A special investigative bureau will soon be formed to probe allegations of government corruption in Virginia, a state government source said today.
The new unit will be established administratively by Gov. John N. Dalton and will report directly to Secretary of Public Safety H. Selwyn Smith, the source said. It will not operate under the direction of the state police, criticized for its performance in an expanding probe of alleged state purchasing corruption.
Creation of the new bureau will be proposed by the state crime commission. Its chairman, Sen. Stanley C. Walker (D-Norfolk), was quoted by Associated Press today as saying the advisory panel is formulating a plan to reorganize state investigations of governmental corruption.
Walker said no final plan has been adopted by the commission, but the source said he is confident that Dalton and Smith will establish the separate investigate bureau administratively without seeking new legislation.
Smith refused in an interview to discuss reorganization plans. "This is the wrong time to talk about that kind of thing," he said. "Everyone is taking pot shots at the state police, but they are doing an outstanding job on this investigation and it is no time to say anything that would affect their morale."
Dalton, however, said in a recent news conference that he is "concerned" that it took newspaper stories in the Norfolk Ledger-Star to revive an investigation of alleged kickbacks to former state printing officials in the division of purchases and supply.
State police investigated allegations of corruption in printing purchases in 1976, but Richmond Commonwealth's Attorney Aubrey Davis declined to seek indictments on the basis of their probe.
A grand jury was called this year and has been helped in its investigation by witnesses who agreed to testify after being quoted anonymously in the Ledger-Star stories by reporter David Chandler.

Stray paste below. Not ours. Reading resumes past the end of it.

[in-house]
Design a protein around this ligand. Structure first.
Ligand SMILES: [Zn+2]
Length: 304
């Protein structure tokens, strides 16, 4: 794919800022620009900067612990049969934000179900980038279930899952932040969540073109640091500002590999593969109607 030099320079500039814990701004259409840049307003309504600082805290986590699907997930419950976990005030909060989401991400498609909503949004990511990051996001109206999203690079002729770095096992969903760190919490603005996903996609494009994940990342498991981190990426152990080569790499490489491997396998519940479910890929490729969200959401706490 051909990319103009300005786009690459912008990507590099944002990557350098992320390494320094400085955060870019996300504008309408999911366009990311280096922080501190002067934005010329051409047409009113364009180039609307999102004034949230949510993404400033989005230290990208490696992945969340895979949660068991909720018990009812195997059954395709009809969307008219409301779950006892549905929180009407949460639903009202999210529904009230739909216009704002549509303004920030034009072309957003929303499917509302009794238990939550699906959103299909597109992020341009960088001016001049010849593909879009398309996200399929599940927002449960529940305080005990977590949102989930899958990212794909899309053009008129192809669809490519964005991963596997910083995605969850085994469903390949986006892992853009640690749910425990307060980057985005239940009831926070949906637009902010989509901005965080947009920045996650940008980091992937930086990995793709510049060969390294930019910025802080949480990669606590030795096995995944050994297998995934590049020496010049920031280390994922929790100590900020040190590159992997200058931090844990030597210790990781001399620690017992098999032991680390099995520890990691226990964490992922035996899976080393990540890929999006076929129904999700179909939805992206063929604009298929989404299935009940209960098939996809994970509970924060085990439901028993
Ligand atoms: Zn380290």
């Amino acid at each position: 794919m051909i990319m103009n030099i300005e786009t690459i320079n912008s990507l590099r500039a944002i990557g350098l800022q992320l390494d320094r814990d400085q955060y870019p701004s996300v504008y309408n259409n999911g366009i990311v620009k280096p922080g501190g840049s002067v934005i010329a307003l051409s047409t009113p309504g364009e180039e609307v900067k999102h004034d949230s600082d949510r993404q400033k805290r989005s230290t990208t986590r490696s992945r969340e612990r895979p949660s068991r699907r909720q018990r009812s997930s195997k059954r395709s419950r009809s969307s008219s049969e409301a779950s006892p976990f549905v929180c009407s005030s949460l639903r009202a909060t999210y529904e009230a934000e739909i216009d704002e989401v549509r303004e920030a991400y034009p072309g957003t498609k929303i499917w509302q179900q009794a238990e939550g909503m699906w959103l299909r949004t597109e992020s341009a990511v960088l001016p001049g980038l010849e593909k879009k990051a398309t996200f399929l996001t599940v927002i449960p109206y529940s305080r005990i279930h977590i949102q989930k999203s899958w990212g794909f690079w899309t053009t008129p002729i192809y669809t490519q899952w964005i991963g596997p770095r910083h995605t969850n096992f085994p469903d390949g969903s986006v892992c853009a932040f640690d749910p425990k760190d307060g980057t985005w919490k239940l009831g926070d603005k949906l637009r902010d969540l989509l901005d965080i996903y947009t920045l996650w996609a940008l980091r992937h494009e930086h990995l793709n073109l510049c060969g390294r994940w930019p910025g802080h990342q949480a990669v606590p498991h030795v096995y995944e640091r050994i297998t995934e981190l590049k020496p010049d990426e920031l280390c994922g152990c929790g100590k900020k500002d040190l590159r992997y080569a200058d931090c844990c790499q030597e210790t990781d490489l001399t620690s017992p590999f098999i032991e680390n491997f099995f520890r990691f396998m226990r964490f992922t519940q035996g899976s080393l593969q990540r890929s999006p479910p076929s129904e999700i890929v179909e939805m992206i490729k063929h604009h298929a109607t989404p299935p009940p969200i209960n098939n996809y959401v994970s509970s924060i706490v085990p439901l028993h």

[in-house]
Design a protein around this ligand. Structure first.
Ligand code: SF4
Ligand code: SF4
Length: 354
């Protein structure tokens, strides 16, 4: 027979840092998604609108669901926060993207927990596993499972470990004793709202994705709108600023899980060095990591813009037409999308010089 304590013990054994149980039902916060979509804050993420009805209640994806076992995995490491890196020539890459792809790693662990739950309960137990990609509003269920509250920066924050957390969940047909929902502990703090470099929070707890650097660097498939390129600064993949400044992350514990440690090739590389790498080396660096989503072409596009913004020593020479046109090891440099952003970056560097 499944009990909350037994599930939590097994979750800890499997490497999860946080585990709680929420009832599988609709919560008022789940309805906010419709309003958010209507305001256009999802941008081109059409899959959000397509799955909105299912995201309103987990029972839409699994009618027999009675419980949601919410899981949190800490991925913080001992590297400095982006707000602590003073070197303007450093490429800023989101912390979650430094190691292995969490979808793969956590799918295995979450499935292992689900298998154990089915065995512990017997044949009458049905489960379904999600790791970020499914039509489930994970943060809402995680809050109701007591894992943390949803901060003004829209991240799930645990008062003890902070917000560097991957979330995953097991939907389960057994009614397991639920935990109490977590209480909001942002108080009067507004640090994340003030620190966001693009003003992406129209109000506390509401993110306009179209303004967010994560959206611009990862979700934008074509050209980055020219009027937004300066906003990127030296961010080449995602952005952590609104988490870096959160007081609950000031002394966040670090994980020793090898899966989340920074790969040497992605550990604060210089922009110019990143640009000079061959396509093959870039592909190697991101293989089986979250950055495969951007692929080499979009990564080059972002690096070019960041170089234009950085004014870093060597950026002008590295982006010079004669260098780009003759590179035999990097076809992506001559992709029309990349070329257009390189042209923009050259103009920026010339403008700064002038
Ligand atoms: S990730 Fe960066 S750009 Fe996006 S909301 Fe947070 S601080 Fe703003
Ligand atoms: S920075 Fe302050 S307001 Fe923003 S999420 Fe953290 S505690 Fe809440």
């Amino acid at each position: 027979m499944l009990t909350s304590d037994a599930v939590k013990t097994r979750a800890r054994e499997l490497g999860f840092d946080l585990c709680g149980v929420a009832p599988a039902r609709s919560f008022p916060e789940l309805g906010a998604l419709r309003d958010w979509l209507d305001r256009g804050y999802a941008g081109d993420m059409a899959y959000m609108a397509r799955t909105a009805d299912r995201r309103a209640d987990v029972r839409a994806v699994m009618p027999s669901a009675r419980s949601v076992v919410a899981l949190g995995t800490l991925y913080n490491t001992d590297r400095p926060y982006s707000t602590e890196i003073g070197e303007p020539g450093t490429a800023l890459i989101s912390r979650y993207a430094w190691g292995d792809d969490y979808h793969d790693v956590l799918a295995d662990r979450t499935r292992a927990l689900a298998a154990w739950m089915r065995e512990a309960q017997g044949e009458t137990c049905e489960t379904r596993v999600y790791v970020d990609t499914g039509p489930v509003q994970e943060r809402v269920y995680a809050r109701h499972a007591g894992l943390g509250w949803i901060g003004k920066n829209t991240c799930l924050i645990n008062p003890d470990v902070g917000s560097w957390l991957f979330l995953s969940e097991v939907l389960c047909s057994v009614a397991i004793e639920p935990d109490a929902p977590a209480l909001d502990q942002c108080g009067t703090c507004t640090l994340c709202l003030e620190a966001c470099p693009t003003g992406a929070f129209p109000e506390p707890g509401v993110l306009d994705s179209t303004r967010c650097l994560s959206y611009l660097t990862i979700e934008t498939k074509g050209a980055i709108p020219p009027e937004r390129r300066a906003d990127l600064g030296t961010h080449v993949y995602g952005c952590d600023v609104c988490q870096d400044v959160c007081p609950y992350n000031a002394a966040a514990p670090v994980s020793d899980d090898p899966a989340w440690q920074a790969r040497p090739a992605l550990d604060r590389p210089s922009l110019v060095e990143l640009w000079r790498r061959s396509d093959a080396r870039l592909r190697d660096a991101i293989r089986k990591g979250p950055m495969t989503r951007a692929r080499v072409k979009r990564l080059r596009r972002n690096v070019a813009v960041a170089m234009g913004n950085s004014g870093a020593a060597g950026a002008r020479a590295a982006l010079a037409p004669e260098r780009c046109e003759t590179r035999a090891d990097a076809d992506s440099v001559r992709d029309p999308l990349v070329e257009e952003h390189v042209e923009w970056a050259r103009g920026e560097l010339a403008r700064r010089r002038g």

Reports of plans to create a special investigative bureau to probe government corruption came amid official acknowledgements that the state police investigation of alleged purchasing corruption is expanding.
Smith said in an interview that he has "heard James River" food products "and printing contracts with the welfare department discussed" in connection with the investigation, but refused to elaborate.
"James River" is a brand name for food sold by Smithfield Ham and Products Co. of Smithfield, Va. Alton Gwaltney, Smithfield vice president, told United Press International that he is unaware of the investigation.
The proposal to create a special investigative unit to probe government corruption is a response to complaints that the state police, traditionally devoted to traffic law enforcement, lack the expertise to cope with white-collar crime.
Attorney General Marshall Coleman said in an interview today that he favors setting up a new investigative division to deal with white-collar crime in and out of government, but believes it should be assigned to his office.
The attorney general now has only limited law enforcement powers. Almost all crimes investigated by state and local police are prosecuted by city and county commonwealth's attorneys.
"I think it is logical to place investigations of governmental wrongdoing and crimes that involve more than one local jurisdiction under the attorney general," Coleman said.
He also called for legislation that would permit state investigators to obtain subpoenas to examine some financial records without calling a grand jury and creation of statewide grand juries to deal with crimes that cross city and county lines.